Her letter describes some of the medical evidence. It was rape. And appreciate the fact that the jury heard all the evidence and convicted Brock Turmer of three felonies. All prosecution witnesses were subjected to rigorous cross examination.

The casual sex/hook up culture has created a real problem.

Mark Caplan:

The Swedish graduate students were on the bike path and came upon the crime scene behind the dumpster. They knew something was wrong when they saw she was not moving. Not normal.

Static Ping said...

I didn't think it was funny, simply a statement of fact. Oh well.

Yeah, the guy's a pig and 6 months seems far too little for what he did. She didn't deserve what happened to her.

Still, if you put yourself in a risky situation there is risk involved. It is not wise to get drunk in general, and especially with strangers you don't know. it is not wise to walk around in the worst part of the city alone at night wearing expensive jewelry and a big wad of cash. It is foolish to go swimming when the area is infested with sharks. Yes, in an ideal world no one would ever take advantage of a drunk person even if the other person was also drunk, the drug addicts would leave you alone, and the sharks would be too scared of the humans to attack. Sadly, the world is a dangerous place. It always has been.

David Begley said...

Static ping:

Generally agree with your last paragraph. But one would think the chance of rape on Stanford's campus is small.

Cacimbo Cacimbo said...

@David Begley

How is this case different from Laslo's scenario? The victim admits to being blackout drunk. During the time she was blacked out but functioning she was dancing with and kissing Brock Turner/perpetrator. They left the party together. No one has claimed that he dragged her unconscious from the party. Turner was also very intoxicated. At some point during their drunken sexual encounter she passed out. Since he was also very drunk he may not have instantly noticed her lack of participation. He should have stopped doing anything to her the moment she went unconscious. Charging rape seems over the top to me.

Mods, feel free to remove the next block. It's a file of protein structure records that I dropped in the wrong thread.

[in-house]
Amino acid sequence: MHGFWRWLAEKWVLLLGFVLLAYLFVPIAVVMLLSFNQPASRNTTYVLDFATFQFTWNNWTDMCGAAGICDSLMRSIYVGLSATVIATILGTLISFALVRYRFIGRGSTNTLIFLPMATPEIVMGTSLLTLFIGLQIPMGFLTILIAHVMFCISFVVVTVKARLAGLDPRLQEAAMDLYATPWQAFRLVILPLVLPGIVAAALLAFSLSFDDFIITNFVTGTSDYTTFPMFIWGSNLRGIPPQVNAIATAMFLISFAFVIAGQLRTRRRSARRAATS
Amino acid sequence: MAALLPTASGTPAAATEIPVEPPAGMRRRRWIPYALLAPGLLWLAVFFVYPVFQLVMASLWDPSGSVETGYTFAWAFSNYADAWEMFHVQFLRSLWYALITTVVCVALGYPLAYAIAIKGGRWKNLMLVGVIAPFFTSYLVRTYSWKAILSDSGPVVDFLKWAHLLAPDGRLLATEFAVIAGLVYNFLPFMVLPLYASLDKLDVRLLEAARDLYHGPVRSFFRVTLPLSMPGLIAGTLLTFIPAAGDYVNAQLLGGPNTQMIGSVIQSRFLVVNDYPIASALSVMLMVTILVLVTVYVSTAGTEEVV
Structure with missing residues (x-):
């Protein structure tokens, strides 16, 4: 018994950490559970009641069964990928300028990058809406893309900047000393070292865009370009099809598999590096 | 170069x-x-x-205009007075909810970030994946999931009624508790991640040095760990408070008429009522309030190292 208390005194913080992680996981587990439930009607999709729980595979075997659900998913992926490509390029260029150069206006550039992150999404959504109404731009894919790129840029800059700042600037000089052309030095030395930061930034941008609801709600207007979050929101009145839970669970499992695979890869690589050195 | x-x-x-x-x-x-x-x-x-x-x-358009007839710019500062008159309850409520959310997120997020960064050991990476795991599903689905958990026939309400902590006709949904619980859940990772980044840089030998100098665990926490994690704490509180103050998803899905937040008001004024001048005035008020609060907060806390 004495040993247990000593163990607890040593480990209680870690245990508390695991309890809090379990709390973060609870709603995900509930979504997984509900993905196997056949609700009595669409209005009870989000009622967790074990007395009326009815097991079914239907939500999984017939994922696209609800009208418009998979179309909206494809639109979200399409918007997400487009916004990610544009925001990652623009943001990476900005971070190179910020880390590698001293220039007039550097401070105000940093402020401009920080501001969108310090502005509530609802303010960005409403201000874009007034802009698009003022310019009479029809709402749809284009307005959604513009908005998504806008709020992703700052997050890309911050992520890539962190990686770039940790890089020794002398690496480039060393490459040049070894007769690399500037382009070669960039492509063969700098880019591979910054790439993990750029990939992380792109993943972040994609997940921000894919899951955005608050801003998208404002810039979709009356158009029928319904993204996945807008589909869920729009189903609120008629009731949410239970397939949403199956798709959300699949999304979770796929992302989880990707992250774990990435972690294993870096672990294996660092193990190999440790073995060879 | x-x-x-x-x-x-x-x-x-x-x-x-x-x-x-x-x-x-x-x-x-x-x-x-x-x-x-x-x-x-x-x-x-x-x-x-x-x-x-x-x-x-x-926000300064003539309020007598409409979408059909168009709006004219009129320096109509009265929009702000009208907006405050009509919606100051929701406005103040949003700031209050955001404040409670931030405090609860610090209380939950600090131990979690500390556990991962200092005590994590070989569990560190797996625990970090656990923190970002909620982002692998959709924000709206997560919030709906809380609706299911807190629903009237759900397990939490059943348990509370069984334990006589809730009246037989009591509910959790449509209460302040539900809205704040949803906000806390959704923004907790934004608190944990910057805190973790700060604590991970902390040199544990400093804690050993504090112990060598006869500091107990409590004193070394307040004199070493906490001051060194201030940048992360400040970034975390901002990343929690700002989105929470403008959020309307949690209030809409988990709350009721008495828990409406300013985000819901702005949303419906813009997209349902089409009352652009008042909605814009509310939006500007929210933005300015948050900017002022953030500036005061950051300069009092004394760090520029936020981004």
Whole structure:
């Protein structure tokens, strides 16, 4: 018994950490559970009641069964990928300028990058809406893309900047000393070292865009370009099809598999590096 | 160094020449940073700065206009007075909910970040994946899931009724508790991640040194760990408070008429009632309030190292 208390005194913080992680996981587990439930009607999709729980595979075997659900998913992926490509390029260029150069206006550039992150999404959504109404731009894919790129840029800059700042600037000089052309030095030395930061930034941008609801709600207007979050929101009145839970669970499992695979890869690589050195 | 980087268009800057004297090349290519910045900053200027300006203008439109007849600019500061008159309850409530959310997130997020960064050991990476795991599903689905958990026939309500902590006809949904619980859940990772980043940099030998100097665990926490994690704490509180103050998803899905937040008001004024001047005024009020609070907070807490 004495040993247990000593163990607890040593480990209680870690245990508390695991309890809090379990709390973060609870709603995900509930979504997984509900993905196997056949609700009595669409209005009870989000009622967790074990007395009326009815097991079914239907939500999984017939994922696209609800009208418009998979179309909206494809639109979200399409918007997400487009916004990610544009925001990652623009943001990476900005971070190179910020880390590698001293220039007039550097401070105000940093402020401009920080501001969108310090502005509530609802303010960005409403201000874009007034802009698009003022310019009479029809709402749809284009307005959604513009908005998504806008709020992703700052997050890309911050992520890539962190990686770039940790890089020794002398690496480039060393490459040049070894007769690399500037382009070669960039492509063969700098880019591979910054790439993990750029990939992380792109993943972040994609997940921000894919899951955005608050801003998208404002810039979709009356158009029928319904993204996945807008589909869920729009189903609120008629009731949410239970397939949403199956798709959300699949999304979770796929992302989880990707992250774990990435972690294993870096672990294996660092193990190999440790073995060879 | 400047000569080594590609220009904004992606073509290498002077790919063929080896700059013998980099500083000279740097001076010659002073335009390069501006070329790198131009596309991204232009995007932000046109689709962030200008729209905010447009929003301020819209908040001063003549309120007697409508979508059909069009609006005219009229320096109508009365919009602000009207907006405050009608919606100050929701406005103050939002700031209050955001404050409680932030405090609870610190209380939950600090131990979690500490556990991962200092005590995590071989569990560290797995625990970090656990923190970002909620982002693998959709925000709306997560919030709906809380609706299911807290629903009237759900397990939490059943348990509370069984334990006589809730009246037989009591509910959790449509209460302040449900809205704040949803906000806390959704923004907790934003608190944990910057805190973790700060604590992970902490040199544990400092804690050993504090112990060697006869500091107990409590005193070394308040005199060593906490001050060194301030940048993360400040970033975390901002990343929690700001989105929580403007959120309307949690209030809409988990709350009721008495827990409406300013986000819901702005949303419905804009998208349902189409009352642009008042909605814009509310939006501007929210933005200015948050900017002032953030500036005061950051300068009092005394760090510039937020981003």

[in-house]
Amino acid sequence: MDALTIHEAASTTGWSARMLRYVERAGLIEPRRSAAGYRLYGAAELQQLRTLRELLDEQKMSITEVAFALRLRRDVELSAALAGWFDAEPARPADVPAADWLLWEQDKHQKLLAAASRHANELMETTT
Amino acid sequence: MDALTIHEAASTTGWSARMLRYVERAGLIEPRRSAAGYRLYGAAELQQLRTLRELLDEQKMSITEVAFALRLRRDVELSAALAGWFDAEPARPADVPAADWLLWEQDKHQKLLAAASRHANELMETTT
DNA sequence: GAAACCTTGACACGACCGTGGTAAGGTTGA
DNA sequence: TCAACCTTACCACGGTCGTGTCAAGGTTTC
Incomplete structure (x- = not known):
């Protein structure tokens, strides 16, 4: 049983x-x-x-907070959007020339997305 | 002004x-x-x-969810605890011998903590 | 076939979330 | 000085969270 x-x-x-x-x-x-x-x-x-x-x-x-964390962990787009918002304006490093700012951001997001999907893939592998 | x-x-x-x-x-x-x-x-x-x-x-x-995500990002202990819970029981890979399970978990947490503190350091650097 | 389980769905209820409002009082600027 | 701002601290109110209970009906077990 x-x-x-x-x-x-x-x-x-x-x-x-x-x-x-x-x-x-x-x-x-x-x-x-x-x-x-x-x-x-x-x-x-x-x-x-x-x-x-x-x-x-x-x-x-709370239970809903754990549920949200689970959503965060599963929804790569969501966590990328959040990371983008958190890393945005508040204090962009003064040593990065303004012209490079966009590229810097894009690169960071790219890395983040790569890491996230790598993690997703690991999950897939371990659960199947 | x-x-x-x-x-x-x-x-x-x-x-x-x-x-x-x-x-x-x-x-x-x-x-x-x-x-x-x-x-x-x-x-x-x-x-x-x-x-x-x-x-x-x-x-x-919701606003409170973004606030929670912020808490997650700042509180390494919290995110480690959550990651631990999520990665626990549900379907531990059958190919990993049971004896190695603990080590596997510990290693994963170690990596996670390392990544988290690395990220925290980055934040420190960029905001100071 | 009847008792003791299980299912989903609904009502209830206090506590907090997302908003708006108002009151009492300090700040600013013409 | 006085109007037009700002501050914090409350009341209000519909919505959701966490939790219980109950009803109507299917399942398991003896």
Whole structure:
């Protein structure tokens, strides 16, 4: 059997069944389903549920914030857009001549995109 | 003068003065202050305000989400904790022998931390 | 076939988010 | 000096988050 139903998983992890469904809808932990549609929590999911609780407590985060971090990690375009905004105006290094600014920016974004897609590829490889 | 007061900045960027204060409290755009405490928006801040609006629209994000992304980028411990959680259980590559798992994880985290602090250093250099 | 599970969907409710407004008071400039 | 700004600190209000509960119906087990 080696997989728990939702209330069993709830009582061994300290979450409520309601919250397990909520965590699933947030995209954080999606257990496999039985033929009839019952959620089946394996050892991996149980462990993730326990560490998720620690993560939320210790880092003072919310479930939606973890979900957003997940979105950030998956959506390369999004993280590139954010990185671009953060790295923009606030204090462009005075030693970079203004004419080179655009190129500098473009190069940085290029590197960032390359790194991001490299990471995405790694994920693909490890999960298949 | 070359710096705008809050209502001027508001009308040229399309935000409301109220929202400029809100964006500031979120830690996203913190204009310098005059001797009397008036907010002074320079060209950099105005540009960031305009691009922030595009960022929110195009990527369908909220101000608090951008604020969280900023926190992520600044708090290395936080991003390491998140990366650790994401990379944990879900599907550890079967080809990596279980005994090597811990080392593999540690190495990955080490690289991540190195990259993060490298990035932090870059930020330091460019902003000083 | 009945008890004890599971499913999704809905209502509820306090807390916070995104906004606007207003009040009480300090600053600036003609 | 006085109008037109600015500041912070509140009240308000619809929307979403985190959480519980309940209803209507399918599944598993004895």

Had the victim awoke in an apartment I bet she would likely never have reported this as a rape. For all we know she regularly gets black out drunk and has sex with strange men. Perhaps she was only forced to play the victim role this time because others saw, involved themselves and put her in the position of claiming rape or admit to being promiscuous.

This woman is being presented as a complete victim with no culpability for what happened. As a woman I find this disturbing.

HoodlumDoodlum said...

Six months seems too low to me, but hey, I guess he is just another "justice involved youth" so allegedly what he really needs is taxpayer-funded rehabilitation, job training, and laws saying prospective employers aren't allowed to inquire about his criminal history...isn't that correct, Lefty geniuses?

n.n said...

If this was a case of consensual incapacitation, then they should both receive counseling for the behaviors, and perhaps orientation, that progressed to a dysfunctional conclusion. If the behavior was premeditated or elective, and therefore criminal, then the individual who engaged in involuntary exploitation of another should be held accountable for crimes committed against the individual and society.

Joan said...

Cacimbo, why do you believe the rapist's story over the victim's?

Amadeus 48 said...

Many believe that the Title IX approach taken by the Dept. of Education and forced on many schools is crazy. Kangaroo courts, we say, let the criminal justice system handle it.

Well, the criminal justice system has handled this, and the young man has been convicted of three felonies. He has been kicked out of school, he is going to jail for six months followed by three years of probation, and he will be on a sex offenders list for the rest of his life. While not the stiffest sentence one can imagine, it is not a wrist slap. A wrist slap would be a suspended sentence with expungement after a certain period of good behavior.

Reading all of this, I see the victim says what she really wanted was an acknowledgement of wrong-doing and an apology early on. Instead she got the defense lawyer special, in which her poor judgment was featured and the guy's lawyer implied that any drunken, incapacitated woman is fair game, and she really wanted it. Result: three felony convictions.

The real moral of this sad tale is that the world is a dangerous place--and that one of the dangerous places is the Garden of Eden. There was a serpent in Eden. Young people are sent off to places like Stanford without moral armor, and they do foolish things that ruin their lives...just like Adam and Eve.